Before my daughter was born, it seemed like my wife and I tossed around a thousand names before making a final decision. We needed the perfect name that wasn’t just a reflection of who we thought she’d be, but one that honored us by connecting her to our family. My little girl is 2 years old now, and she’s named after my mom. My wife stated very plainly, “My mom will be able to look at Tae and literally see a piece of herself. Your mom won’t have that privilege. Rose should be her middle name, so there’s an outward connection.” My eyes welled up with emotion. She nailed it.
I recently wrote a piece about the struggles I have with my name in “Gazillion Voices.” The challenges that come with an “American” name have harshly colored my perspective on re-naming Adoptees. Before my daughter was born, my opinion was pretty cut and dry; they already have a name. End of story. We honor birth family, birth culture, and acknowledge loss by retaining the name they already have.
But inevitably, life happens and perspectives change. Each time Mom and Dad interact with my daughter, the hue of my “Adoptee Advocate” goggles morph, sending my black and white opinion around Adoptee names into a swirl of psychedelic chaos. I can’t personally relate to the feelings around naming an adopted child, but that urge to create a symbolic connection in place of a biological one is something that deeply affected me. I feared my daughter would represent more loss than she did gain when Mom and Dad interacted with her. I thought they’d need assurance and validation about their connection to her. I was wrong. If her name was Choi, Bon Yul it wouldn’t detract from their uncompromising love and affection for her. Turns out, my own issues and insecurities were exposed pretty clearly through all of this.
After all is said and done, there’s still little wiggle room in my mind around re-naming Adoptees, but I see it differently now. I still feel strongly about acknowledging loss and empowering the Adoptee by giving them a sliver of control in a process that takes everything else from them. But my experience with naming my daughter gave me a better sense of why some parents may feel the need to change their child’s name. If you’re determined to name them after yourself or a loved one, give some thought to a middle name. Because in my experience as a father and an Adoptee, names end up as some of the smallest ways connections are made.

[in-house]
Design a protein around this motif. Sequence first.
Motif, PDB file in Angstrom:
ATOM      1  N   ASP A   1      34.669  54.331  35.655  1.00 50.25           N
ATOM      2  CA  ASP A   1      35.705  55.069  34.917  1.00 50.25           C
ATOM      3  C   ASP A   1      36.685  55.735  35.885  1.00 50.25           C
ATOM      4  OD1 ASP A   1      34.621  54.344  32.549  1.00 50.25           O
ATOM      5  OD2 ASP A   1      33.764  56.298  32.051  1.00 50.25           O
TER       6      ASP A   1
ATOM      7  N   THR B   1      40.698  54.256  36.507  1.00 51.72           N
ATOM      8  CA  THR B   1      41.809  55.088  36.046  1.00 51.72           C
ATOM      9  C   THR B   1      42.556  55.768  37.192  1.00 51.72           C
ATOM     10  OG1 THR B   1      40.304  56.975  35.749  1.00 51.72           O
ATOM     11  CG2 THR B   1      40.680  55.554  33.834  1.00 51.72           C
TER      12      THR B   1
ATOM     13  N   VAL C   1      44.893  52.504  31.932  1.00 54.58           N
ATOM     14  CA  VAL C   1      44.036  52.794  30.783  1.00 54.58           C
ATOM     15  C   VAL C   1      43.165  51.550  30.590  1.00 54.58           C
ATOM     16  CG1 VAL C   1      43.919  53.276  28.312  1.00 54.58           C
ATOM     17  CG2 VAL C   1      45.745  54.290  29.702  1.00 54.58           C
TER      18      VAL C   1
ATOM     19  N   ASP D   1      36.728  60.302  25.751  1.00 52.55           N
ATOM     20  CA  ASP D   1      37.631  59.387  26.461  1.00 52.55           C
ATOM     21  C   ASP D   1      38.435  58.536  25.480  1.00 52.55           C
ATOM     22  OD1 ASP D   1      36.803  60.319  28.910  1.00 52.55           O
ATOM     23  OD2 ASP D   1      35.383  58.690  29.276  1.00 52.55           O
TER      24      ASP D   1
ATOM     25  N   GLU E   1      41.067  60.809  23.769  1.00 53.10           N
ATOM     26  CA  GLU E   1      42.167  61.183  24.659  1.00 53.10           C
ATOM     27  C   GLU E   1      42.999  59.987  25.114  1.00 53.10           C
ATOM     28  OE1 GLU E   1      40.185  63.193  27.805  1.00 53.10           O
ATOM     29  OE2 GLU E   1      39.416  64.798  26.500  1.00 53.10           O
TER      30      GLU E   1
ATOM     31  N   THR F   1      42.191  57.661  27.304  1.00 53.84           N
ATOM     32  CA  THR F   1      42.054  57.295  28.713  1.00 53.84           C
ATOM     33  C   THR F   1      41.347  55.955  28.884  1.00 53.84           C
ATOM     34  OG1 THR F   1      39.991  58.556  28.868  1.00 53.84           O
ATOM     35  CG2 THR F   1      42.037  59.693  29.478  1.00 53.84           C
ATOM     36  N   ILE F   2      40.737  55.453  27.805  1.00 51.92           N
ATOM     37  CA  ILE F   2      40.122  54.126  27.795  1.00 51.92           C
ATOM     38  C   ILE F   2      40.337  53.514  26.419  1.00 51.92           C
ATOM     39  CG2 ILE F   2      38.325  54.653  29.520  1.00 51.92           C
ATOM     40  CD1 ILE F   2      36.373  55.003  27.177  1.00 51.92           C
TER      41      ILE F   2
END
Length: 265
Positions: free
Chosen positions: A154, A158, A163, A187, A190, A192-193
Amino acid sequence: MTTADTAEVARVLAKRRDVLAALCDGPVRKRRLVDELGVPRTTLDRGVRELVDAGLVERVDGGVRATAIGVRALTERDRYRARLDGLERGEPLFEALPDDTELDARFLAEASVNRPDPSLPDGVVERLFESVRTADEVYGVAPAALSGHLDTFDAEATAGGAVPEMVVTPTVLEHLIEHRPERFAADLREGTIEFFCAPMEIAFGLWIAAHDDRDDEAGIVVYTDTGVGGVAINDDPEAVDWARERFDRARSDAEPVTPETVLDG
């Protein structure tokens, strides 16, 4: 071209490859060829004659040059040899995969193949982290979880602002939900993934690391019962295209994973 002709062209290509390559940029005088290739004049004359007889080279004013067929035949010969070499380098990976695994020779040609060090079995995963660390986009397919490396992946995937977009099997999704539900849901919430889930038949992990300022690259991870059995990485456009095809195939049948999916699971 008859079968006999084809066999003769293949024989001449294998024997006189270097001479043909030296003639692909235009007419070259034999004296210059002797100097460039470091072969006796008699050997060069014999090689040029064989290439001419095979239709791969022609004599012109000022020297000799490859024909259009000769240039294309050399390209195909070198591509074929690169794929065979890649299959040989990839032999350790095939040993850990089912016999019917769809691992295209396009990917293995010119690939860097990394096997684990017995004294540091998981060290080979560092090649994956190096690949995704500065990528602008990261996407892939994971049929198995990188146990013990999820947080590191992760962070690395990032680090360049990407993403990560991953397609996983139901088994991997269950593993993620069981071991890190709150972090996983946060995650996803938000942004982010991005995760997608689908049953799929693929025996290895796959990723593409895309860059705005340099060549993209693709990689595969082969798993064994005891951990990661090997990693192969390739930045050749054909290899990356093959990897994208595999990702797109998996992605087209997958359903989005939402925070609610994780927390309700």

Steve, I think you’ve hit the nail on the head. I come at this issue as both an adoptive parent and a developmental psychologist. I agree with you that it is absolutely essential that adoptees feel empowered and feel as though they have ” a sliver of control in a process that takes everything else from them.” However, I don’t see how an adoptive parent’s decision to implement a name change gives the adoptee any power. In fact, perhaps this decision – especially when made at an early age – gives them less control over their own biological history. We retained our daughter’s biological name because it is her only connection to her biological mother. We also gave her two middle names, the first is her biological mother’s name and the second is my maternal grandmother’s name. She is still very young but she loves to tell people her “full” name, which is a narrative in itself about the connection between her biological and adoptive families. We are working very hard to ensure that she also retains her native language and connection to her country of origin. We will never be undo her losses (both biological and cultural), but we are doing what we can to respect her birth history and her cultural identity. Thank you for sharing a little bit of your history and your story. Your willingness to be so open may help future adoptive parents find ways to feel connected to their children that don’t involve stripping them of their personal and cultural identities.